Electric cars

IAIN DALE: My 11-hour journey from hell proves Britain is totally unprepared for electric cars

Towards the end of last year, I acquired an electric car, an Audi e-tron GT.  While some of my social media followers claimed I was a

Towards the end of last year, I acquired an electric car, an Audi e-tron GT. While some of my social media followers claimed I was a “signal of virtue”, it was actually a very rational decision.

Or so I thought.

Buying a gasoline or diesel car these days is buying a rapidly diminishing asset because no one will be able to buy a new one after 2030. And when I found out I could offset the costs of an EV ( electric vehicle) with corporation tax, it made perfect sense to buy it through my company.

Also, with electric vehicles, there are very few personal tax obligations – although I’m sure that’s an incentive that will change when more people go electric and the government needs revenue.

fiction

Instead of buying the car outright, I used a contract hire system because I thought that if battery technology improved dramatically, I might end up with a car that had little used value.

Towards the end of last year, I acquired an electric car, an Audi e-tron GT. While some of my social media followers claimed I was a “signal of virtue”, it was actually a very rational decision.

I was well aware that it would take time to adapt to an electric car, and I understood that it would be necessary to plan longer journeys.

What I hadn’t negotiated was that the advertised range of 298 miles would turn out to be fiction. It is, in fact, 206 to 217 miles. Quite a difference.

Maybe I was naive. It’s been widely reported that EV manufacturers are prone to, um, exaggerate the expected range of their vehicles.

Nevertheless, on Friday evening I was due to travel to Yorkshire to speak to curators in Beverley and Holderness at the local racecourse. So I meticulously planned my roughly 200-mile trip using the Zap-Map app, which shows charging locations across the country.

I started from London, having driven from my home in Tunbridge Wells the previous afternoon, using 42 miles of charge. I would have charged at the Leicester Square car park but all three units were occupied.

Obviously, I would have to recharge the car on the way. And so I made a stop at Donington Park service station on the M1, which had three 120kW per hour charging units (most on the motorways charge at 50kW per hour).

What I hadn't negotiated was that the advertised range of 298 miles would turn out to be a fiction.  It is, in fact, 206 to 217 miles.  Quite a difference (Iain Dale pictured on Good Morning Britain in 2019)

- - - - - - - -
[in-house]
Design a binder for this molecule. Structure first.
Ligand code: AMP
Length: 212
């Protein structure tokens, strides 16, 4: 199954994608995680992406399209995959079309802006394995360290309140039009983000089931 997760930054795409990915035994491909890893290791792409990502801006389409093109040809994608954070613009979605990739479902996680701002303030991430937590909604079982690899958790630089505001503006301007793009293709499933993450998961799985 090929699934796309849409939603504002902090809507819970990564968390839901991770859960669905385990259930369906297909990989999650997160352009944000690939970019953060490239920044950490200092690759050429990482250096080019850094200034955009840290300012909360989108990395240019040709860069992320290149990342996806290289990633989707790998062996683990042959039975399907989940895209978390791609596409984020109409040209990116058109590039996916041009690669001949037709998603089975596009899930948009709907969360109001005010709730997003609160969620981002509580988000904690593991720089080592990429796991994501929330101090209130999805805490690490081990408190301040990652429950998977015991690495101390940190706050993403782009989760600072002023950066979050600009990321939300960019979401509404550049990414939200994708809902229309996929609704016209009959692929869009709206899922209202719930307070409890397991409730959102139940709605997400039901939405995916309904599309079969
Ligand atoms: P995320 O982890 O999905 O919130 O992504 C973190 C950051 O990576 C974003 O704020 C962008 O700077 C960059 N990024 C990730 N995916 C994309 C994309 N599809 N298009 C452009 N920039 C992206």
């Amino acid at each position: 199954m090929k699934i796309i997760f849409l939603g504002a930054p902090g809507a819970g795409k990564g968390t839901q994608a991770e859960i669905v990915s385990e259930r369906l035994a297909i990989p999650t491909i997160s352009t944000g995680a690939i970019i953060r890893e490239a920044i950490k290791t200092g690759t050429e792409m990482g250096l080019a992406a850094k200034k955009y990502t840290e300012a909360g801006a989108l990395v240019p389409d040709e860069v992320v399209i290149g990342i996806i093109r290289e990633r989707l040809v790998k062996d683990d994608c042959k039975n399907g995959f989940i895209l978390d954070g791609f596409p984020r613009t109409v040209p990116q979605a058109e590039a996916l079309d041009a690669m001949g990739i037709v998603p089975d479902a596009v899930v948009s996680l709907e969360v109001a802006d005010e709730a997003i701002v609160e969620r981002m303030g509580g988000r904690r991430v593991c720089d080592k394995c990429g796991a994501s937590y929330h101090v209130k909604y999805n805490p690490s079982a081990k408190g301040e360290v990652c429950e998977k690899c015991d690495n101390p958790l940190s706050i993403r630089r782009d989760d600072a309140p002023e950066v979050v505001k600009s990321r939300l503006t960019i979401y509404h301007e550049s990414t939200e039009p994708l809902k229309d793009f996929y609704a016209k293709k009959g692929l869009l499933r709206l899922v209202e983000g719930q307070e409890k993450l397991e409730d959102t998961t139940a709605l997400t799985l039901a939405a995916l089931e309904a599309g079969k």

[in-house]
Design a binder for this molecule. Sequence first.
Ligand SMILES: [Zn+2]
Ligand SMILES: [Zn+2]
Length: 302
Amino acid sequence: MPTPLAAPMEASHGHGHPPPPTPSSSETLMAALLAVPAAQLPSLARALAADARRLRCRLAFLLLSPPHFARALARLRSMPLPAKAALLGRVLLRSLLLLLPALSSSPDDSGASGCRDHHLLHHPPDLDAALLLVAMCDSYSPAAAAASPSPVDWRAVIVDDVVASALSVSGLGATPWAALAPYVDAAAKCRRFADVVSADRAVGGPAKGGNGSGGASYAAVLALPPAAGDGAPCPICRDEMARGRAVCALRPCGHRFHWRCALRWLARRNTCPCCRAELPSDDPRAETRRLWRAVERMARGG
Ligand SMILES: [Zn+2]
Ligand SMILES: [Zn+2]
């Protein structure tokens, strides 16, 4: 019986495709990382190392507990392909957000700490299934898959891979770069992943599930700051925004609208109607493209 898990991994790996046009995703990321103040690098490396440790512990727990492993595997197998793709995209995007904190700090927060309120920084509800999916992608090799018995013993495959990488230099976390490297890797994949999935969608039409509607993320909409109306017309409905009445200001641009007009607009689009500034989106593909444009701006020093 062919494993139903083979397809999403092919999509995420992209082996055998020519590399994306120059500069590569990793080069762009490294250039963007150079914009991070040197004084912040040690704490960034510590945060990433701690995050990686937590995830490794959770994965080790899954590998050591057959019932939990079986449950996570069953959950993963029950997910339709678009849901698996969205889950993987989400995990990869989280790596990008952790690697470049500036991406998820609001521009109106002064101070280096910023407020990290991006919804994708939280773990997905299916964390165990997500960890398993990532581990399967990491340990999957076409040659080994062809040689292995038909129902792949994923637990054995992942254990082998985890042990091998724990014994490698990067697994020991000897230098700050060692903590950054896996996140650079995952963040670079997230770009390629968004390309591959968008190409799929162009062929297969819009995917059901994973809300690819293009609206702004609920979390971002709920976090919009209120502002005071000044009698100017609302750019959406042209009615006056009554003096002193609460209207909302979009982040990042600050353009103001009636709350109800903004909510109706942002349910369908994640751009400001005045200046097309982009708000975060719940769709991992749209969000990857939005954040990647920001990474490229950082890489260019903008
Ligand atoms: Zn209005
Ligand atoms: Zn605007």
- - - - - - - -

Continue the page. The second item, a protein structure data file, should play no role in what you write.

What I hadn’t negotiated was that the advertised range of 298 miles would turn out to be fiction. It is, in fact, 206 to 217 miles. Quite a difference (Iain Dale pictured on Good Morning Britain in 2019)

All three were in use, but it was a short wait.

I added 125 miles to charge which took about 40 minutes.

So far so good, although the cost was a bit of a horrifying £25. In effect, this means that it is as expensive to drive 600 miles in an electric vehicle as it was in my diesel car.

Of course, if I am not on the move, I can do most of the charges at home via my reduced overnight rate, on which I only have to pay 5% VAT. (In contrast, for every pound you spend on petrol or diesel, around 60p goes to the Exchequer in taxes.)

But as more people start driving EVs, I’m sure it won’t stay that cheap.

When I arrived in Beverley, I only had about ten miles left on the clock. I was not worried: I had made my schedule. I knew there were four recharging units at Tesco where I could recharge in the morning before heading south to Norfolk. The best plans and all that…

The speech went well. I had a great night’s sleep, a fantastic breakfast, and at 9am I left for the local Tesco.

Five of the six chargers were in use and the other was blocked by an improperly parked car. I waited. And I waited…and after about an hour a slow charger (22kW per hour) freed up.

Twenty minutes later my car had been charged enough to last about four miles. Forget it, I thought.

So I used what little expense I had accumulated to make it – just, with two miles to spare – to a unit at nearby Morrisons, which I thought would be quicker. This was not the case. The fast charger did not work; the slow was.

Five of the six chargers were in use and the other was blocked by an improperly parked car.  I waited.  And I waited ... and after about an hour a slow charger (22kw- per hour) became free